Lucy Siegle wants us to know that the idea of wiping out bums with a piece of cloth, which then needs to be washed, is exciting and thrilling. You’re right, this is idiocy:
Mostly, these are the worst of times, but for loo roll purveyors and disruptors it will never be better. Sales are up and supermarket shelves are empty as more and more shoppers stockpile. So we should not be surprised by the rise of reusable toilet roll – squares of washable textiles that are linked together with plastic poppers and sold on sites such as Etsy.
If you are, like me, invested in a sustainable lifestyle, the idea is quite thrilling. Reusable represents the gold standard of eco-engineering. Everything that is made and used has an eco footprint, which includes the energy used to create the thing in the first place. Single-use products are the worst, recycled a close second.
Given that we’re talking about, in part, twat wiping perhaps we shouldn’t be all that surprised by an outbreak of twattishness. Because that’s what this is, the idea that single use products are worst, recycled nearly as bad. The answer is, as always in matters economic, “It Depends”. Usefully, that also being the name of a brand of nappies which are also solutions to this problem.
For we’ve come across this point of single use against reusable before:
This point is illustrated in microcosm by those trying to get rid of single use plastic bags. The 5p charge for plastic bags has meant the sale of billions of so-called bags for life, which use twice as much plastic as the cheaper alternative. All those bags for life mean we use more plastic than we started with and even, possibly, more bags themselves. This was something that was warned about before the plastic bag charge was introduced, with some observing that even “single use” bags did tend to get used more than once.
So far, then, we have learnt that the planning deployed to reduce plastic has had the opposite effect. That, however, has not stopped the central planners from redoubling their efforts. The necessary charge for a bag is to double, the system is to be expanded to the tens of thousands of small shops that don’t currently have to charge. “It doesn’t work, let’s have more of it”, the cry of bureaucracies through the ages.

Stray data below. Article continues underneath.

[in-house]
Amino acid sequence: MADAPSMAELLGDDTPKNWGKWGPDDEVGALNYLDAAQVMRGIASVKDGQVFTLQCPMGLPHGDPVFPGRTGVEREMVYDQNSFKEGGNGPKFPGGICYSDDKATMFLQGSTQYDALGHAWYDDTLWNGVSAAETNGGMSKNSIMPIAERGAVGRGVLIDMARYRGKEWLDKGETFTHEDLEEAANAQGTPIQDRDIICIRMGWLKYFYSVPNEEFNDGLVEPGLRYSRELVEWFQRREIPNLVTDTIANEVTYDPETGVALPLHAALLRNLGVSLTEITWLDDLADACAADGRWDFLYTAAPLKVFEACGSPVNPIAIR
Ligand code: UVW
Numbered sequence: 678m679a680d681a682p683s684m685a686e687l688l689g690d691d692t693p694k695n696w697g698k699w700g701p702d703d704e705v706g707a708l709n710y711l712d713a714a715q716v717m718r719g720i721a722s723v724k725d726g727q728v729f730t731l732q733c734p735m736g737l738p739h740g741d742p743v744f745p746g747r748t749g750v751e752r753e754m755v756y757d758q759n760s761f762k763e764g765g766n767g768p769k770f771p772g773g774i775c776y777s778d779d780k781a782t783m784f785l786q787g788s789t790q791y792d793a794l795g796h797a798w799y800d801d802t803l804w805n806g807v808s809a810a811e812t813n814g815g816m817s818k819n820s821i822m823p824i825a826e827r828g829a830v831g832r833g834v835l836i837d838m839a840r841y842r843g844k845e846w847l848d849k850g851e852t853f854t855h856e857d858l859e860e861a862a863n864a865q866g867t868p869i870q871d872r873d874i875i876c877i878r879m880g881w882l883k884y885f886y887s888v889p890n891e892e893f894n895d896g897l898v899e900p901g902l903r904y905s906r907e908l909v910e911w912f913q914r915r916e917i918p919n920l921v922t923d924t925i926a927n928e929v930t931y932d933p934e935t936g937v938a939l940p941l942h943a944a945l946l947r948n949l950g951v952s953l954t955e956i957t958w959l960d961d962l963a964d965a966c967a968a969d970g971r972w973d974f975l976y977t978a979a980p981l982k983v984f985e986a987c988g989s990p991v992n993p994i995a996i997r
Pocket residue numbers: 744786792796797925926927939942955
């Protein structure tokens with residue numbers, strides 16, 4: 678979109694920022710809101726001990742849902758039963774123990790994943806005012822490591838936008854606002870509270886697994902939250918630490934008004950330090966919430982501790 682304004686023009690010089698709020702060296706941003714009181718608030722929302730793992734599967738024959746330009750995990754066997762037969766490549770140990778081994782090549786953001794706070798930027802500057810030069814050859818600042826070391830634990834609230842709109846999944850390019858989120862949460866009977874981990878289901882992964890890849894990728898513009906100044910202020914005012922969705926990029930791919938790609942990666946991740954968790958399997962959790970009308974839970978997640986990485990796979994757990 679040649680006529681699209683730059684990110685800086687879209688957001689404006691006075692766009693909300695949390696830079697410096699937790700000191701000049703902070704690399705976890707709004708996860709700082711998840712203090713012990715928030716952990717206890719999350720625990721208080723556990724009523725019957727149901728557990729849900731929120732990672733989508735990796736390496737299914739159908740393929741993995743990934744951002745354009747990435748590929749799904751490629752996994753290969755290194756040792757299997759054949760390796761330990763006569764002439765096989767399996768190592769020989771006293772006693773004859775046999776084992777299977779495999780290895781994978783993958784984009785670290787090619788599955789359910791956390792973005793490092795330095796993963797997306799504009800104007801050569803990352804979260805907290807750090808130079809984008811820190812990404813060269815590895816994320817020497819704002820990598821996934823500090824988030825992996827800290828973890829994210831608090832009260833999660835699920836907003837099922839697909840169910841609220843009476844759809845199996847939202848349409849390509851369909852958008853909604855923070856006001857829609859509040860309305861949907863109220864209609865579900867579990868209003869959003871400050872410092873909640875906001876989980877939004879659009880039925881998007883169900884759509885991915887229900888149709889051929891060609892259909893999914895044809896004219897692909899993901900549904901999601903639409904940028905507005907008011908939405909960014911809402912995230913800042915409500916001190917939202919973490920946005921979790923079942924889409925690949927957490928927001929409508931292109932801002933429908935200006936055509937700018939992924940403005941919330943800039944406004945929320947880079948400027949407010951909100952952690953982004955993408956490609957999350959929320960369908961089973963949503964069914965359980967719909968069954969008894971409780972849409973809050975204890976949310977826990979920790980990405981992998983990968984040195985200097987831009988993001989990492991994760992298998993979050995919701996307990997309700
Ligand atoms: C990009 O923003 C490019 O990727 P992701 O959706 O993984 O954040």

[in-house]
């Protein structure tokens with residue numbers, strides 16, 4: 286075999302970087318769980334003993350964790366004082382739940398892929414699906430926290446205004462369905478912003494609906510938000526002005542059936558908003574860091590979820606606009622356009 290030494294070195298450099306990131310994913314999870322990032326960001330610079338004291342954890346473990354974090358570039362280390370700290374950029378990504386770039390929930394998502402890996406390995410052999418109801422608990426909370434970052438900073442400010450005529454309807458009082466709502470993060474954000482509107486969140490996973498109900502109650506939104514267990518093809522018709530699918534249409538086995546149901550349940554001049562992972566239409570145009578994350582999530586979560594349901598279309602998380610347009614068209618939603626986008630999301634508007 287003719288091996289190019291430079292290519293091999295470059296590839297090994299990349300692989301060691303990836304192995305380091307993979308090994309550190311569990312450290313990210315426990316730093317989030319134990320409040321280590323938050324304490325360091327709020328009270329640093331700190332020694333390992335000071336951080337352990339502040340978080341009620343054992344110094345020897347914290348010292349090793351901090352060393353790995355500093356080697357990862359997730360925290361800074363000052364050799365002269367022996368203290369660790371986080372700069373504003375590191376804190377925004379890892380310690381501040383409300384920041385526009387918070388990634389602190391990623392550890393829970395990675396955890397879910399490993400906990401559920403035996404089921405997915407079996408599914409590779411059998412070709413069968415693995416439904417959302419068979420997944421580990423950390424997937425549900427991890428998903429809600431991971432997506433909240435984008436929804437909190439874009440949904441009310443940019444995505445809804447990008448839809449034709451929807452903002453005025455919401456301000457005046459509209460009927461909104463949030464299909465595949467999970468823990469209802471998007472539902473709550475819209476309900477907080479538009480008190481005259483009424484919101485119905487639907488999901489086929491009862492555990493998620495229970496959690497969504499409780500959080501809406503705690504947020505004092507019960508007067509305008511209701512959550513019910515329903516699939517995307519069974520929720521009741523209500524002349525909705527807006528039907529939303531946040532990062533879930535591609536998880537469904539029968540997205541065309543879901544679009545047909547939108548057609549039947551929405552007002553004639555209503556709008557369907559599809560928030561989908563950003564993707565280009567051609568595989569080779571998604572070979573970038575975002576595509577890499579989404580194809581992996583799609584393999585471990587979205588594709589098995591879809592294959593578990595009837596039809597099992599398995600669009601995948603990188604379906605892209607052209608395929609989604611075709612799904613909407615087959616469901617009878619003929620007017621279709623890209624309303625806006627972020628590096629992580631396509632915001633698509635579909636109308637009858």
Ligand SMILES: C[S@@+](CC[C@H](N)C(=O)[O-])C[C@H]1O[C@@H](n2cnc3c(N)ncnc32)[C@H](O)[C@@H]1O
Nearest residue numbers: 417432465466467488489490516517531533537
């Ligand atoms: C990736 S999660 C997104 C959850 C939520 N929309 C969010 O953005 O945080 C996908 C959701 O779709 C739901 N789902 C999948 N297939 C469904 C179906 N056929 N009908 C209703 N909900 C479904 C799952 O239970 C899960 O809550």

But this is the blending of government planning with the fashionable nostrums of our day so of course it gets worse. It’s not even true that the bags for life – and especially not the cotton ones, even less so the organic cotton – are more environmentally friendly than the single use ones. Even recycled ones use more resources than single-use ones – for yes, recycling is an industrial activity using energy and other resources.
We can even construct a little spectrum here. How many times do we need to reuse a bag for it to have as little resource use – and thus environmental effect – as just the one use of those thin single use plastic ones? Obviously enough, the single use that we’re told not to use has a value of one here. The bag for life must be reused 35 times. A bag for life from recycled plastic 84 times. A paper bag must be reused 43 times – yes, paper. A cotton bag 7,100 times and an organic cotton? 20,000.
Which is the environmentally friendly option here? Clearly and obviously the one that everyone insists we must not use. So much for fashionable nostrums then.
So, now we need a method of working this out. Which method of doing whatever uses fewer resources in total? And by resources we do mean resources. Not just trees that are grown in order to be chopped down to wipe bums with. But labour, time, energy, capital and all the rest. What, in fact, is the total cost of this method and the total cost of that?
Umm, we’ve got one of those don’t we? The price system?
How excellent, our problem is solved then. All we need to look at is the price of doing it this way and the price of doing it that. And the answer is?
Well, it ain’t washable cloths for ringpieces, is it? Because if that were the cheaper option we’d all still be using it as we all did before the invention of toilet paper.
Which is why the rumination is that idiocy. Because it’s ignoring that couple of centuries of human trial, error and experience.